If someone would ask me if that is the future of work, as pretty much the present, today, I think I’ll just go ahead and scream my lungs out till the bleed. NO! That’s definitely not the future of work, and it shouldn’t necessarily be its present either! I mean, don’t we have all of these wonderful technologies that helps us get together, connect, collaborate, share our knowledge more openly and transparently, and innovate faster altogether, whenever and wherever we may well be? Why do we still keep thinking about work as a physical activity one embarks on from a certain time in the day to another? Why do we still think that work is something you do while at the office, where your performance is usually valued and measured more in terms of your sheer presence (and how pretty you are!) vs. the results and outcomes you keep delivering.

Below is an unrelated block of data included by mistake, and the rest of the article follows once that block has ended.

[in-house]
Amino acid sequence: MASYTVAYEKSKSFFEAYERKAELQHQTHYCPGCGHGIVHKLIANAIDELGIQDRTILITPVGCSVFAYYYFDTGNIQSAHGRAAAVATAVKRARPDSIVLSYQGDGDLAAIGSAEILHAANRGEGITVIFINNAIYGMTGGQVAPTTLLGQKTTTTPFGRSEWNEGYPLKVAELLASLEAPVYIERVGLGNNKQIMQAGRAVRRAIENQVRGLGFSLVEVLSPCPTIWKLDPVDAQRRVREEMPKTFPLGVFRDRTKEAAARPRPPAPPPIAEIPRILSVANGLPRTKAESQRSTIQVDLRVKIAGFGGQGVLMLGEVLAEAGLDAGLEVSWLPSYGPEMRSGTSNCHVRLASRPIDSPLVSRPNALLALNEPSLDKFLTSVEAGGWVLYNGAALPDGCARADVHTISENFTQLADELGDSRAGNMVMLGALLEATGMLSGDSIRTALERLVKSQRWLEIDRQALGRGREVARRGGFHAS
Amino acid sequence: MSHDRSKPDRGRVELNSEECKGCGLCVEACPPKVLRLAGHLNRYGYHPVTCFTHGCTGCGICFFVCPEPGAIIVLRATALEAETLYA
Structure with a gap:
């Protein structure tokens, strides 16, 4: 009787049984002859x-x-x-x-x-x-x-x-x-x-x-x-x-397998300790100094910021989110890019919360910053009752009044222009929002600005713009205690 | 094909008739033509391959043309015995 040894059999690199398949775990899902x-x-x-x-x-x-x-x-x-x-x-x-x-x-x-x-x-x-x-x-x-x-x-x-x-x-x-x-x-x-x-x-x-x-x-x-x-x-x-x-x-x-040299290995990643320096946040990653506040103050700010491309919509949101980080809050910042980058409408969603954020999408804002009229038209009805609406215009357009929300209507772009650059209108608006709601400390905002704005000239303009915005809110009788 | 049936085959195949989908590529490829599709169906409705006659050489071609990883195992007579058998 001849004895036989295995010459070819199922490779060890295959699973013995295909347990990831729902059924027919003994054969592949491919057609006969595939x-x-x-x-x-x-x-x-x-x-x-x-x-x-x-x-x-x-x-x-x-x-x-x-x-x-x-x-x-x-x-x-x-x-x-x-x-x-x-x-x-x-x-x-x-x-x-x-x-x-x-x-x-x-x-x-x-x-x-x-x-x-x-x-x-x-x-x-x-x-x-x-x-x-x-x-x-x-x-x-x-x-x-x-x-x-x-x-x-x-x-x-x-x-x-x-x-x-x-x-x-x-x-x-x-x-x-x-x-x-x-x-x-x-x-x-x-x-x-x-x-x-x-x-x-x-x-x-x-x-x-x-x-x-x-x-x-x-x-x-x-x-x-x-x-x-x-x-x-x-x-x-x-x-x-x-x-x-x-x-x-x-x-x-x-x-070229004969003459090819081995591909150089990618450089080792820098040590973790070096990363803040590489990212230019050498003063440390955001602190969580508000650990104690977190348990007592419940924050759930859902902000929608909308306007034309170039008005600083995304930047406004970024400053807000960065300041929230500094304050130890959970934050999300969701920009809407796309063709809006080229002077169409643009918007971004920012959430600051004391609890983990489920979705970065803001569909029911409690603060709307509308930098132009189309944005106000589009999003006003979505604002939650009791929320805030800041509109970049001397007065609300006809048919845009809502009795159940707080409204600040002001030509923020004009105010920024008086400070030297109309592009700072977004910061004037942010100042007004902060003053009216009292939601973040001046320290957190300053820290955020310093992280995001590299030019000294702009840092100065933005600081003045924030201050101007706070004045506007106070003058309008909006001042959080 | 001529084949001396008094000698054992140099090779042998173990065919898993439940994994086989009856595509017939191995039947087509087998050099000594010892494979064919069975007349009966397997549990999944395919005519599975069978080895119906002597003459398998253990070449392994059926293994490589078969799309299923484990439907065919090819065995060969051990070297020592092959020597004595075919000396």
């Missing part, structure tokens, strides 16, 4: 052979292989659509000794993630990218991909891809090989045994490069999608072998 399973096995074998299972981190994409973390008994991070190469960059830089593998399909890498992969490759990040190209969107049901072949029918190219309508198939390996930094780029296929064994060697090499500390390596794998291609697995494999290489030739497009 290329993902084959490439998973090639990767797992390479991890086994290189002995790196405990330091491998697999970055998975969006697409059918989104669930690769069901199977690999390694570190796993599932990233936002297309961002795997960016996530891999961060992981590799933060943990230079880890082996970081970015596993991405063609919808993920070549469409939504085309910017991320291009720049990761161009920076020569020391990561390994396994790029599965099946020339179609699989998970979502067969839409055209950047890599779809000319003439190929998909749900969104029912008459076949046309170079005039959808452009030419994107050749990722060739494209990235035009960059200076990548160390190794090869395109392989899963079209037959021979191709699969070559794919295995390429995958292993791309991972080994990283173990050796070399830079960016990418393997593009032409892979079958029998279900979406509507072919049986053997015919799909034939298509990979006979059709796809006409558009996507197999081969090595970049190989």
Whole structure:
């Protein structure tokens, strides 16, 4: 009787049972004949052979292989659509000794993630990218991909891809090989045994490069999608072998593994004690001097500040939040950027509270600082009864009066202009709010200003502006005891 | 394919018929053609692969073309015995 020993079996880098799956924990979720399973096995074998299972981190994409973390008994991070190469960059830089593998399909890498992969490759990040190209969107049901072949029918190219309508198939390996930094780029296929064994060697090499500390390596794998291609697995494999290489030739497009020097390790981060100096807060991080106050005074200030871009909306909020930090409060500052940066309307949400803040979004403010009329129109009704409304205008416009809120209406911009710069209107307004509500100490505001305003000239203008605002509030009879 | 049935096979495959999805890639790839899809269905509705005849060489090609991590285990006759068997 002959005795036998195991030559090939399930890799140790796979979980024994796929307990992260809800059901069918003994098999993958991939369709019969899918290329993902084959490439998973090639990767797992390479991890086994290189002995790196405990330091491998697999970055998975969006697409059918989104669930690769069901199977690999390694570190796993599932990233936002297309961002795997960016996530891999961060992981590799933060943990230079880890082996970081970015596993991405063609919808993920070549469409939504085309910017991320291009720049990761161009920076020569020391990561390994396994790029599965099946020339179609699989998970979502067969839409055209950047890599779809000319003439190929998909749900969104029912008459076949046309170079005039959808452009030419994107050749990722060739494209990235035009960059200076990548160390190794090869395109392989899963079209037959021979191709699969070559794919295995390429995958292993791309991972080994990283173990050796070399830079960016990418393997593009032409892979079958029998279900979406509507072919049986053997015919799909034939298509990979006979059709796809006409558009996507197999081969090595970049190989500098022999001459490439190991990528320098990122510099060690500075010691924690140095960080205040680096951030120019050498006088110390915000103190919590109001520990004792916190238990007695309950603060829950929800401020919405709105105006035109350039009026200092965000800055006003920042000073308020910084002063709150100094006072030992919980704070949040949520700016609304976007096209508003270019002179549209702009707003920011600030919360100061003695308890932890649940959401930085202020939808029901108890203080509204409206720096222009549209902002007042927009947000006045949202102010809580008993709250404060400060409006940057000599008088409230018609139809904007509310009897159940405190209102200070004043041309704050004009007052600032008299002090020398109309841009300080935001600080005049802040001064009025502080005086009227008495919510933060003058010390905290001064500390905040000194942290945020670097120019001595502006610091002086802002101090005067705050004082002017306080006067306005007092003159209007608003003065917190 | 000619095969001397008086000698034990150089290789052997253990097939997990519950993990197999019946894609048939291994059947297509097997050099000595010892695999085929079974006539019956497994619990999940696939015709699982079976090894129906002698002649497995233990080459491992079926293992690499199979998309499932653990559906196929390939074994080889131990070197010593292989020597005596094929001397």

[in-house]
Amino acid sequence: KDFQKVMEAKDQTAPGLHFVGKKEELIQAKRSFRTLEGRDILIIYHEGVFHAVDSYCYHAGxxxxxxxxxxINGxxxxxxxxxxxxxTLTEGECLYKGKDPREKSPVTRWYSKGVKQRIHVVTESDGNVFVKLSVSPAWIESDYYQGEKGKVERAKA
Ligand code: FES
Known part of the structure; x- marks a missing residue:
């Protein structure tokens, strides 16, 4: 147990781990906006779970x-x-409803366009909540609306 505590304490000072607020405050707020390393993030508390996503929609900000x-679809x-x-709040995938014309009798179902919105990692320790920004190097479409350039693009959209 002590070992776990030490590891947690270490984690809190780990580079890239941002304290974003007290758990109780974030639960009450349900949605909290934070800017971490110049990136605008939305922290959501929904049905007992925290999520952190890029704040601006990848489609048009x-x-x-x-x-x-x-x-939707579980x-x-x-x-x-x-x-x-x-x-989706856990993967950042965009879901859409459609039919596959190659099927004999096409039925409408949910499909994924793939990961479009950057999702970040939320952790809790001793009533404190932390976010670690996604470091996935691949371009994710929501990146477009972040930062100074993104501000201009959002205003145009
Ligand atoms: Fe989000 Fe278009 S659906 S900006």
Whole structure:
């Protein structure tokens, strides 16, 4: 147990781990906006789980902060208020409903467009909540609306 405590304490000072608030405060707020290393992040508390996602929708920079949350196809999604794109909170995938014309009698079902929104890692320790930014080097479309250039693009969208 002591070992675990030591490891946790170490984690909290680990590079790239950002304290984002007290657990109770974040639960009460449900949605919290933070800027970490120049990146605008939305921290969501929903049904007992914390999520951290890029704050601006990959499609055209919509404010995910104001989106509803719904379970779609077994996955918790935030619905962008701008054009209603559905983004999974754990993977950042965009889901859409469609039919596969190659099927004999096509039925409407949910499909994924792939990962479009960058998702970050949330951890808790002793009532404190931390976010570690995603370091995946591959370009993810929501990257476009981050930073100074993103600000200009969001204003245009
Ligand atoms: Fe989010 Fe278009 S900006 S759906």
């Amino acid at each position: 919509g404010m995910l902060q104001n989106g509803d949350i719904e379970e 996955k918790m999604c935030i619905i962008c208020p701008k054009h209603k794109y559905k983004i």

If you ask me what might the problem here then I’d venture to state it’s not necessarily an issue with technology, nor with business processes, but mostly with people. And more than people with our very own mindset and behaviours. Right at the core of any issues and challenges you may be facing at work with different change initiatives they are bound to be around people’s mindset, including your very own, as well as their own behaviours and business practices. Help shape, fix those accordingly, always under the premise you can’t change people per se, but provide the necessary conditions for them to figure out if they would want to change (or not) and you are off to defining what the present of work may well be like in preparation of the future, whatever that may well be.